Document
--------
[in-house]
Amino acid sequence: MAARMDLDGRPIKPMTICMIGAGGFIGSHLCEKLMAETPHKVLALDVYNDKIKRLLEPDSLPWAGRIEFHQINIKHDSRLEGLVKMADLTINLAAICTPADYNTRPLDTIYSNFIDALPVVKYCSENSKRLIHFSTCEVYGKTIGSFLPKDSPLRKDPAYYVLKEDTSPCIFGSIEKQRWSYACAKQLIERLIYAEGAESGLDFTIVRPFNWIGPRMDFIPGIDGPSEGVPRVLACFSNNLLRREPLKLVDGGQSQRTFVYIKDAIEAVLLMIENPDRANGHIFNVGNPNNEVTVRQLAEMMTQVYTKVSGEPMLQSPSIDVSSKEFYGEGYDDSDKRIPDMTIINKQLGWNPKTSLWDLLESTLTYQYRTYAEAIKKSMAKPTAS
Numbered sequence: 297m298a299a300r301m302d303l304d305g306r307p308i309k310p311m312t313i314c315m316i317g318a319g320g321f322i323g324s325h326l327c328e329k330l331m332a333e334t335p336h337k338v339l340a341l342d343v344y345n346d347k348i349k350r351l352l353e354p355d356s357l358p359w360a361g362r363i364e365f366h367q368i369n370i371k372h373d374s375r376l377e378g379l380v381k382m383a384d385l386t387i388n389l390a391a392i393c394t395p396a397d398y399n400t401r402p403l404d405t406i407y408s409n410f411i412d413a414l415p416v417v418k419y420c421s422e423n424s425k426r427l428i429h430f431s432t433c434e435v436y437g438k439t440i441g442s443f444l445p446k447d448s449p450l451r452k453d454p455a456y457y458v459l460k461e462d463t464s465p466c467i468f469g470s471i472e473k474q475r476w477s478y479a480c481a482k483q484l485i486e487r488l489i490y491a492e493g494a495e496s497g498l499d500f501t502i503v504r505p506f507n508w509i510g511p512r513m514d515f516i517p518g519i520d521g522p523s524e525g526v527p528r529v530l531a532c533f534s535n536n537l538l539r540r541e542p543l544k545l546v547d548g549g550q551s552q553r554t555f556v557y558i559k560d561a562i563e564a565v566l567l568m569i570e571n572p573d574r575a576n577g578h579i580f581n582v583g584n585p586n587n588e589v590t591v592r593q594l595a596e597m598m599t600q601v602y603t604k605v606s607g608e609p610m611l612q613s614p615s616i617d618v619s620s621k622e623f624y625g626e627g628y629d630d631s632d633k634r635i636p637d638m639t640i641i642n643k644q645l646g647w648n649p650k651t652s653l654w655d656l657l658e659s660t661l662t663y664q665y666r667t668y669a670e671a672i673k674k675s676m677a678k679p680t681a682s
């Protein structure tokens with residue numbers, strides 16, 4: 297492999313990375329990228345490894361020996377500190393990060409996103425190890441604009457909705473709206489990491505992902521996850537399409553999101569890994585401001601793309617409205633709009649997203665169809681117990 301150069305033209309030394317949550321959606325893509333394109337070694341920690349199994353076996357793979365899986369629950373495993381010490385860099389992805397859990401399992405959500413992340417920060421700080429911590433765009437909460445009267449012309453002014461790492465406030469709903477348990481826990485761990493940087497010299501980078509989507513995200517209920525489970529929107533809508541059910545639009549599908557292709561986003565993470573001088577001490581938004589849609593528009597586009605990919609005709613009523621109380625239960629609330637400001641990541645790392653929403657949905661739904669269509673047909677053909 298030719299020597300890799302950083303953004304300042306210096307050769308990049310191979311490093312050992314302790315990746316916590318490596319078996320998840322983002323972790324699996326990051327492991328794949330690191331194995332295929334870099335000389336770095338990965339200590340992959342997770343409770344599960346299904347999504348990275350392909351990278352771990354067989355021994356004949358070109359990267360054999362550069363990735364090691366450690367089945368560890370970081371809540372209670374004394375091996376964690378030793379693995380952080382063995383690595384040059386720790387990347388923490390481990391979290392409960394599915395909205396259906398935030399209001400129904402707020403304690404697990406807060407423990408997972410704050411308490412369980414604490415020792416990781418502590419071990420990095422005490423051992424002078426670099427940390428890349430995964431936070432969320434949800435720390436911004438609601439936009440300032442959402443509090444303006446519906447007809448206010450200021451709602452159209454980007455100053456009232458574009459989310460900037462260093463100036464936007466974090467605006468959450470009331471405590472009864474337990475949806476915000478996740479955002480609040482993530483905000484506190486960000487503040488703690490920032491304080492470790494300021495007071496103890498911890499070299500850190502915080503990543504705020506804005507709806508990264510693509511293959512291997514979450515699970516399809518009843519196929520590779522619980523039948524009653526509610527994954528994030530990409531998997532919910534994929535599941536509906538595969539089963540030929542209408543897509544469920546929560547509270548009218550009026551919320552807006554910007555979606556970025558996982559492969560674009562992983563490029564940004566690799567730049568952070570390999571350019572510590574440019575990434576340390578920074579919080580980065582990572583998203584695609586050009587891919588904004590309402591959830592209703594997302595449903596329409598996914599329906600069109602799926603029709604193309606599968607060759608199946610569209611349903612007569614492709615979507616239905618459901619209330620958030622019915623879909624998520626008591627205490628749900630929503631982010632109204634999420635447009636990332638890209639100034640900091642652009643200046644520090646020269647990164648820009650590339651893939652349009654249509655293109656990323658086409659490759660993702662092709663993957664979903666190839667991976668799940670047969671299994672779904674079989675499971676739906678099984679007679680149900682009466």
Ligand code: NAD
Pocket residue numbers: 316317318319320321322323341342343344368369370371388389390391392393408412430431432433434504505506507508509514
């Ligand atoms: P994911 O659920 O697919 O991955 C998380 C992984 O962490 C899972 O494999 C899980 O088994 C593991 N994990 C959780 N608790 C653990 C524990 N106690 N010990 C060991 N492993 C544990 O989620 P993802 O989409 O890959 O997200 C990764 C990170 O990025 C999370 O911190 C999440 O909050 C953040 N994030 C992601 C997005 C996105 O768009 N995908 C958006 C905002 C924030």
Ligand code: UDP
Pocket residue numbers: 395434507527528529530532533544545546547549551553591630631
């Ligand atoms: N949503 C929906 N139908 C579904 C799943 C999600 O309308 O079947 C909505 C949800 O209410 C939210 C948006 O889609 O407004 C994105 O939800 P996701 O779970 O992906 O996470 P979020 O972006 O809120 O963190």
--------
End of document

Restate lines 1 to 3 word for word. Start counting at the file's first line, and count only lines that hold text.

[in-house]
Amino acid sequence: MAARMDLDGRPIKPMTICMIGAGGFIGSHLCEKLMAETPHKVLALDVYNDKIKRLLEPDSLPWAGRIEFHQINIKHDSRLEGLVKMADLTINLAAICTPADYNTRPLDTIYSNFIDALPVVKYCSENSKRLIHFSTCEVYGKTIGSFLPKDSPLRKDPAYYVLKEDTSPCIFGSIEKQRWSYACAKQLIERLIYAEGAESGLDFTIVRPFNWIGPRMDFIPGIDGPSEGVPRVLACFSNNLLRREPLKLVDGGQSQRTFVYIKDAIEAVLLMIENPDRANGHIFNVGNPNNEVTVRQLAEMMTQVYTKVSGEPMLQSPSIDVSSKEFYGEGYDDSDKRIPDMTIINKQLGWNPKTSLWDLLESTLTYQYRTYAEAIKKSMAKPTAS
Numbered sequence: 297m298a299a300r301m302d303l304d305g306r307p308i309k310p311m312t313i314c315m316i317g318a319g320g321f322i323g324s325h326l327c328e329k330l331m332a333e334t335p336h337k338v339l340a341l342d343v344y345n346d347k348i349k350r351l352l353e354p355d356s357l358p359w360a361g362r363i364e365f366h367q368i369n370i371k372h373d374s375r376l377e378g379l380v381k382m383a384d385l386t387i388n389l390a391a392i393c394t395p396a397d398y399n400t401r402p403l404d405t406i407y408s409n410f411i412d413a414l415p416v417v418k419y420c421s422e423n424s425k426r427l428i429h430f431s432t433c434e435v436y437g438k439t440i441g442s443f444l445p446k447d448s449p450l451r452k453d454p455a456y457y458v459l460k461e462d463t464s465p466c467i468f469g470s471i472e473k474q475r476w477s478y479a480c481a482k483q484l485i486e487r488l489i490y491a492e493g494a495e496s497g498l499d500f501t502i503v504r505p506f507n508w509i510g511p512r513m514d515f516i517p518g519i520d521g522p523s524e525g526v527p528r529v530l531a532c533f534s535n536n537l538l539r540r541e542p543l544k545l546v547d548g549g550q551s552q553r554t555f556v557y558i559k560d561a562i563e564a565v566l567l568m569i570e571n572p573d574r575a576n577g578h579i580f581n582v583g584n585p586n587n588e589v590t591v592r593q594l595a596e597m598m599t600q601v602y603t604k605v606s607g608e609p610m611l612q613s614p615s616i617d618v619s620s621k622e623f624y625g626e627g628y629d630d631s632d633k634r635i636p637d638m639t640i641i642n643k644q645l646g647w648n649p650k651t652s653l654w655d656l657l658e659s660t661l662t663y664q665y666r667t668y669a670e671a672i673k674k675s676m677a678k679p680t681a682s